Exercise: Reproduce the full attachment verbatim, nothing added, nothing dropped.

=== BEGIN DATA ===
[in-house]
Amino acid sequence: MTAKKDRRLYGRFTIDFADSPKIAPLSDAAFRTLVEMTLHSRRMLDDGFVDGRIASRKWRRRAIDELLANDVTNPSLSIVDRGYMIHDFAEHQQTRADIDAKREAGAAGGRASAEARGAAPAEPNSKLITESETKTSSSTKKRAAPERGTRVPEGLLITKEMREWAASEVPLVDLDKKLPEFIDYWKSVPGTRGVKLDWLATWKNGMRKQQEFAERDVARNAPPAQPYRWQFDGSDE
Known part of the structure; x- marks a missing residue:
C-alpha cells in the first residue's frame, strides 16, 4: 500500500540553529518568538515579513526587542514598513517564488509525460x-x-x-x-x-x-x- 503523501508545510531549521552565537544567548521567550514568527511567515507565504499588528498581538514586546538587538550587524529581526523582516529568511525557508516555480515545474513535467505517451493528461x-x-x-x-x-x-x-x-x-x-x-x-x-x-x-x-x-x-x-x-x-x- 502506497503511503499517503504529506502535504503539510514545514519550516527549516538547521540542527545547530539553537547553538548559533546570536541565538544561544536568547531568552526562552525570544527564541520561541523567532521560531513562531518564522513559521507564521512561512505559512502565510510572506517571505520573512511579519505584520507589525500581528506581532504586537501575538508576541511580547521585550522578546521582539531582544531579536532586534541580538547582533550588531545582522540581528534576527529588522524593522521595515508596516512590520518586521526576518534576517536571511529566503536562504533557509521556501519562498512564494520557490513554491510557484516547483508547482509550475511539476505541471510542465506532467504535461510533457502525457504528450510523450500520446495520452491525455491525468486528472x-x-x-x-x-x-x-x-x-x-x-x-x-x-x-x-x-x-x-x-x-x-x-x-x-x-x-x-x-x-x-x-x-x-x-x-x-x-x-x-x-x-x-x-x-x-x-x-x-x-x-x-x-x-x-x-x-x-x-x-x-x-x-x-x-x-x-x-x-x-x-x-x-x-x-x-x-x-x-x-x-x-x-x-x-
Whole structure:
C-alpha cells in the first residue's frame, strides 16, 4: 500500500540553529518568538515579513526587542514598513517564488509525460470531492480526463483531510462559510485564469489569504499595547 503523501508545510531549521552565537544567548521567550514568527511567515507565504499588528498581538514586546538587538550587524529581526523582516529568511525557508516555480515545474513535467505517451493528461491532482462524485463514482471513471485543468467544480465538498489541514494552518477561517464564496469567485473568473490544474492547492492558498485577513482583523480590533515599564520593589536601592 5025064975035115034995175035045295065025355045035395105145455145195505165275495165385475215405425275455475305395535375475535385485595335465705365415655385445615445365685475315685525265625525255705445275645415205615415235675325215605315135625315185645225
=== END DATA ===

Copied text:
[in-house]
Amino acid sequence: MTAKKDRRLYGRFTIDFADSPKIAPLSDAAFRTLVEMTLHSRRMLDDGFVDGRIASRKWRRRAIDELLANDVTNPSLSIVDRGYMIHDFAEHQQTRADIDAKREAGAAGGRASAEARGAAPAEPNSKLITESETKTSSSTKKRAAPERGTRVPEGLLITKEMREWAASEVPLVDLDKKLPEFIDYWKSVPGTRGVKLDWLATWKNGMRKQQEFAERDVARNAPPAQPYRWQFDGSDE
Known part of the structure; x- marks a missing residue:
C-alpha cells in the first residue's frame, strides 16, 4: 500500500540553529518568538515579513526587542514598513517564488509525460x-x-x-x-x-x-x- 503523501508545510531549521552565537544567548521567550514568527511567515507565504499588528498581538514586546538587538550587524529581526523582516529568511525557508516555480515545474513535467505517451493528461x-x-x-x-x-x-x-x-x-x-x-x-x-x-x-x-x-x-x-x-x-x- 502506497503511503499517503504529506502535504503539510514545514519550516527549516538547521540542527545547530539553537547553538548559533546570536541565538544561544536568547531568552526562552525570544527564541520561541523567532521560531513562531518564522513559521507564521512561512505559512502565510510572506517571505520573512511579519505584520507589525500581528506581532504586537501575538508576541511580547521585550522578546521582539531582544531579536532586534541580538547582533550588531545582522540581528534576527529588522524593522521595515508596516512590520518586521526576518534576517536571511529566503536562504533557509521556501519562498512564494520557490513554491510557484516547483508547482509550475511539476505541471510542465506532467504535461510533457502525457504528450510523450500520446495520452491525455491525468486528472x-x-x-x-x-x-x-x-x-x-x-x-x-x-x-x-x-x-x-x-x-x-x-x-x-x-x-x-x-x-x-x-x-x-x-x-x-x-x-x-x-x-x-x-x-x-x-x-x-x-x-x-x-x-x-x-x-x-x-x-x-x-x-x-x-x-x-x-x-x-x-x-x-x-x-x-x-x-x-x-x-x-x-x-x-
Whole structure:
C-alpha cells in the first residue's frame, strides 16, 4: 500500500540553529518568538515579513526587542514598513517564488509525460470531492480526463483531510462559510485564469489569504499595547 503523501508545510531549521552565537544567548521567550514568527511567515507565504499588528498581538514586546538587538550587524529581526523582516529568511525557508516555480515545474513535467505517451493528461491532482462524485463514482471513471485543468467544480465538498489541514494552518477561517464564496469567485473568473490544474492547492492558498485577513482583523480590533515599564520593589536601592 5025064975035115034995175035045295065025355045035395105145455145195505165275495165385475215405425275455475305395535375475535385485595335465705365415655385445615445365685475315685525265625525255705445275645415205615415235675325215605315135625315185645225